The biggest question when freezing a pie is whether it’s best to do it before—or after—you bake it. Another important question is whether a custard filling, such as that in pumpkin pie, can be successfully frozen at all. To find out, we froze one baked and one unbaked version of five different kinds of pies—apple, blueberry, peach, pumpkin, and pecan—and compared the results.
Freeze Fruit Pie Unbaked
We found that the crusts suffered when we baked apple, blueberry, and peach pies before freezing. The thawed crusts were noticeably soggy, and some tasters thought the fillings weren’t as bright-tasting as freshly made pie. But the pies frozen before baking were indistinguishable from freshly made pies.
It’s not surprising that the crust on a frozen baked pie with a wet fruit filling would be less crisp and flaky than a pie that’s frozen before baking. As soon as it’s out of the oven, the pie crust begins to absorb moisture. And freezing a pie tacks on a lot more time for moisture to be absorbed. First the pie must be cooled, then it takes hours to freeze, then more hours to thaw. For most of that time, moisture is migrating into the crust.
Don’t Wrap the Pie Until It’s Frozen
We wait to wrap the pie until it has frozen solid so that we can cover it tightly in plastic wrap without risk of damaging the crust.
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To freeze a fruit pie: Assemble the pie, but wait until you’re ready to bake to apply any egg wash or sprinkling of sugar to the crust that the recipe may call for. Freeze the pie, uncovered, until firm, then wrap it in a double layer of plastic wrap followed by aluminum foil and return it to the freezer. For optimal freshness, freeze the pie for no longer than 2 months.
To bake a frozen fruit pie: Do not thaw. Brush the crust with egg wash and/or sprinkle with sugar if the recipe calls for it, and bake the pie at the specified temperature, increasing the baking time by 10 to 15 minutes, depending on the pie. If the crust is browning too fast, create a pie shield.
Tip: Save yourself the trouble of hunting down your recipe when you’re ready to bake the pie by affixing a label with the baking instructions to the outside of the wrapping.
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Don’t Freeze Pumpkin Pie
Though some sources claim you can freeze a baked pumpkin pie, that was not our experience. The thawed custard filling was grainy and wet, and the extra moisture made the crust soggy. We had the same experience when we froze an unbaked pumpkin pie.
Here’s why freezing a custard pie, and particularly one with a pumpkin filling, is problematic: Pumpkin pie filling has a lot of added water (from dairy and the pumpkin itself). When egg proteins unravel (which they do as a result of either baking or freezing) they form a gel that can hold some water. When the filling is frozen solid, though, the linked proteins tighten, taking on a clumpy consistency, and ice crystals strain at the bonds of the gel, weakening them. When the filling is thawed, the damaged proteins can no longer contain the water as effectively, so some of it weeps out.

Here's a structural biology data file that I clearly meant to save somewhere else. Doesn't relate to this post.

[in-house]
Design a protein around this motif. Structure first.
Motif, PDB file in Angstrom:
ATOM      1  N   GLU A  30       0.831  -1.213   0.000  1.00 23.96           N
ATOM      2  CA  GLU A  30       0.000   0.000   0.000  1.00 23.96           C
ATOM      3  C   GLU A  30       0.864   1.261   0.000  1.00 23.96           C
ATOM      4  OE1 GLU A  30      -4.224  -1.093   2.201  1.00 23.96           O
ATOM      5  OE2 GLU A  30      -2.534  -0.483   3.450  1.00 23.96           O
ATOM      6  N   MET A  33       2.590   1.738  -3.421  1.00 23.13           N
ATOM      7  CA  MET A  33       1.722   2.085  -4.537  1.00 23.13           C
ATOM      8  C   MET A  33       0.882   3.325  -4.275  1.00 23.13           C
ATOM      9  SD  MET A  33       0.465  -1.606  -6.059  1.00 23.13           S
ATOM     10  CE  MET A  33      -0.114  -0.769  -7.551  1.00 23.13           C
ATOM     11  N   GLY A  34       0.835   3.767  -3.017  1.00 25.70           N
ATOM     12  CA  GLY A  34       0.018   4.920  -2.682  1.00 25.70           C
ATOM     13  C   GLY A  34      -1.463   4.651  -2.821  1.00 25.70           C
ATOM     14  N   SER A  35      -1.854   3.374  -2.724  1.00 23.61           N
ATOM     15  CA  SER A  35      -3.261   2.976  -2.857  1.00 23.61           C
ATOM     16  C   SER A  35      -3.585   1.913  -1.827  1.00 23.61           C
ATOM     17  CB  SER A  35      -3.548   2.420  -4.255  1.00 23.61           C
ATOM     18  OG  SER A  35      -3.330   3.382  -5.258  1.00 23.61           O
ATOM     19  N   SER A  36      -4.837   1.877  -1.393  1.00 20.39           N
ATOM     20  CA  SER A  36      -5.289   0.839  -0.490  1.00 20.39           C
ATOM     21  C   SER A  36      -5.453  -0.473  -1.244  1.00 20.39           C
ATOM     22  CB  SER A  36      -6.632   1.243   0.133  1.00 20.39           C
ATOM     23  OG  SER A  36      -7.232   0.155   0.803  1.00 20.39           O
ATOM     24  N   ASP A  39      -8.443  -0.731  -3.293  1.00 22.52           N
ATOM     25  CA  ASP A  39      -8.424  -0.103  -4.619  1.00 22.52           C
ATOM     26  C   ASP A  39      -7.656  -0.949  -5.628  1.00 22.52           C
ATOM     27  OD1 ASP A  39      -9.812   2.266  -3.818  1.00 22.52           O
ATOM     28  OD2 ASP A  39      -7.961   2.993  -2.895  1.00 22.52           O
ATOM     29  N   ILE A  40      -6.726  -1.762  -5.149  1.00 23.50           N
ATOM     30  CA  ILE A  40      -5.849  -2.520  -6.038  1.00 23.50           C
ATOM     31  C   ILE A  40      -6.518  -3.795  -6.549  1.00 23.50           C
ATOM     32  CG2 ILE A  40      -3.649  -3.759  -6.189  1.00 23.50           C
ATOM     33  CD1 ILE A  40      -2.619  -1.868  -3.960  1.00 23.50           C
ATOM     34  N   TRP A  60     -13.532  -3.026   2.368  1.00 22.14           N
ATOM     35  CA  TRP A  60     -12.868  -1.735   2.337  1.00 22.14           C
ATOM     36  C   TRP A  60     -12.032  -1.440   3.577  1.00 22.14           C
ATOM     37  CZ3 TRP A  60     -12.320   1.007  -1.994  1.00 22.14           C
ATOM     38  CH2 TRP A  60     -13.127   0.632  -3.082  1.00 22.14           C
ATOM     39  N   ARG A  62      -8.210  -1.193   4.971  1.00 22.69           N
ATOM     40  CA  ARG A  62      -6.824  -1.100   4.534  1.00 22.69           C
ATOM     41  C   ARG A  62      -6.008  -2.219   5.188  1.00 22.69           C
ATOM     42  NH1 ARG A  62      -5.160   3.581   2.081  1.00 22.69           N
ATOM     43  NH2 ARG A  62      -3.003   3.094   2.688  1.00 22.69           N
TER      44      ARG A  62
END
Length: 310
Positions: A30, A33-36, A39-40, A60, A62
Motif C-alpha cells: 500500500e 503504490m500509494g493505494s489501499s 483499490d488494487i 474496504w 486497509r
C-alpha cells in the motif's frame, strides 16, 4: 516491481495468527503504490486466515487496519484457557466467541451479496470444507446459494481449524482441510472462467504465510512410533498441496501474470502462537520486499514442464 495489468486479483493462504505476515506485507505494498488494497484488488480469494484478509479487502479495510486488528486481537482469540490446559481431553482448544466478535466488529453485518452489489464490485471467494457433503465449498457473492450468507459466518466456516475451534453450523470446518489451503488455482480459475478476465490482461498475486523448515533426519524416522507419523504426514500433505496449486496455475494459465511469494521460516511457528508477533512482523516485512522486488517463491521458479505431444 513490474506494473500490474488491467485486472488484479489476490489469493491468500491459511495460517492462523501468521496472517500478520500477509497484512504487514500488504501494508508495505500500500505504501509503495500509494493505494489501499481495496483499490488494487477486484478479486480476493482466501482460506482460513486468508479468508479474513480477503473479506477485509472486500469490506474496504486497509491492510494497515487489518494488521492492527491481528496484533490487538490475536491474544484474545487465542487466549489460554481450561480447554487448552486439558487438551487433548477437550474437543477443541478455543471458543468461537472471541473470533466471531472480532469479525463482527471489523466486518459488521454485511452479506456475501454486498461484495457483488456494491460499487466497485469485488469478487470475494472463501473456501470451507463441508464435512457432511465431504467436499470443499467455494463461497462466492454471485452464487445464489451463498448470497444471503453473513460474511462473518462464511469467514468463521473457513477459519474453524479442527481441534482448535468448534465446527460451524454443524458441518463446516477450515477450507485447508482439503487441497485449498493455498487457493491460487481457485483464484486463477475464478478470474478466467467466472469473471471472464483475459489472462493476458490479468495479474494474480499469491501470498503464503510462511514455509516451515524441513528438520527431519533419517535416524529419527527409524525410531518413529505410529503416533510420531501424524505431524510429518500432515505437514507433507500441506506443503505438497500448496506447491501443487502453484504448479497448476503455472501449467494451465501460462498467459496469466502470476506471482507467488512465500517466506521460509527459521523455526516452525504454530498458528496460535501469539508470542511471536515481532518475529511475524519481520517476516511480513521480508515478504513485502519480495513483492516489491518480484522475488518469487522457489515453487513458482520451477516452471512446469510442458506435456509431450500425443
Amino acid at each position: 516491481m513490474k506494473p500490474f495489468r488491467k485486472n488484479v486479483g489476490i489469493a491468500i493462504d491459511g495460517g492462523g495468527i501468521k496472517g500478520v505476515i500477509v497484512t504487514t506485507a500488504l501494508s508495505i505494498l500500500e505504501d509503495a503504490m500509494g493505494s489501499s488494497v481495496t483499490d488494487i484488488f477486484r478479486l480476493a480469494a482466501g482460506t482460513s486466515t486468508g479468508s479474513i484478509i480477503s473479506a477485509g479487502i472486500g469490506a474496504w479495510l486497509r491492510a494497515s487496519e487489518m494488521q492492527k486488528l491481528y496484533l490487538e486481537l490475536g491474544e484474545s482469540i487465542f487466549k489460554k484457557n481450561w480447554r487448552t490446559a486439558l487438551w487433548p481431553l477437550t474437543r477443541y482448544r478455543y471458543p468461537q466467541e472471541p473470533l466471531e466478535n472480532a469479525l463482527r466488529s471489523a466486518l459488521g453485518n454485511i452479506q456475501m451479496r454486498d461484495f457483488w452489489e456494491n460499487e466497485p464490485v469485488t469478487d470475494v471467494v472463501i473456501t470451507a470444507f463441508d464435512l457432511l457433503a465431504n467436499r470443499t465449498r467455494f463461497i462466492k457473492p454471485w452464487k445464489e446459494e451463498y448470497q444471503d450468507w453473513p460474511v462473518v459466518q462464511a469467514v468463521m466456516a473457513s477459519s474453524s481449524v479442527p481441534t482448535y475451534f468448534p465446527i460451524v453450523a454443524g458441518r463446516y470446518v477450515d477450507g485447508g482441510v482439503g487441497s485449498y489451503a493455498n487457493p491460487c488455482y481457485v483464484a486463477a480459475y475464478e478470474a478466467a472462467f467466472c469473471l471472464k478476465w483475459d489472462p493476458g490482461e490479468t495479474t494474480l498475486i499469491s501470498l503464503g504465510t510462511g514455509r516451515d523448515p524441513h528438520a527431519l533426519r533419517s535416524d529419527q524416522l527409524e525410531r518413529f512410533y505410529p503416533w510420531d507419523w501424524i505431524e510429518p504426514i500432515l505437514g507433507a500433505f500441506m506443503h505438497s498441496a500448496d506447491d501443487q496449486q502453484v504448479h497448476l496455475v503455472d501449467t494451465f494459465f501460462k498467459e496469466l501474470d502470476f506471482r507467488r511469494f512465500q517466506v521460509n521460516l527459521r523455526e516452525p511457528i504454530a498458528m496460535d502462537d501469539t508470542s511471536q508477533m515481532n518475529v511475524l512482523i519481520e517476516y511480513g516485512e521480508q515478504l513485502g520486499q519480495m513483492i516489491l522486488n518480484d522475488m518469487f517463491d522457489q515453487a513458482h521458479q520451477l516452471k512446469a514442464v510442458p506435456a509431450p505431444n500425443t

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Freeze Pecan Pie Baked or Unbaked
Though its filling contains eggs, pecan pie can be frozen baked or unbaked with no ill effects. That’s because it contains very little added water and a lot of dissolved sugar. Less water means less opportunity for ice crystals to form that can damage the egg gel, and less water that needs to be held in place when the pie is thawed. Dissolved sugars interfere with the freezing of the limited water that does exist. The upshot is that whether the filling has been baked or not, the water remains trapped in the gel where it belongs.
Why Do We Double-Wrap in Plastic and Then Foil?
Plastic wrap’s flexibility means it can adhere closely to the pie to keep out air, and a double layer adds even more protection. But because some plastic wrap is permeable and allows odors to penetrate, we also wrap a layer of foil (which is completely impermeable) on top of the plastic wrap.
To freeze an unbaked pecan pie: Pour the filling into the pre-baked shell, cool completely, then freeze, uncovered, until firm, making sure to place the plate directly on a freezer shelf so the pie remains level. Wrap the frozen pie in a double layer of plastic wrap followed by aluminum foil and return to the freezer. To bake: Do not thaw. Bake the pie at the specified temperature, increasing the baking time by at least 30 minutes. If the crust is browning too fast, create a pie shield.
To freeze a baked pecan pie: Cool the pie completely and freeze, uncovered, until firm, then wrap as instructed above. To thaw: Unwrap the pie and thaw on the counter, which will take at least 3 hours. You'll know the pie has fully thawed if a paring knife inserted into the middle of the filling slides in easily.
For optimal freshness, do not freeze a pecan pie for more than 2 months.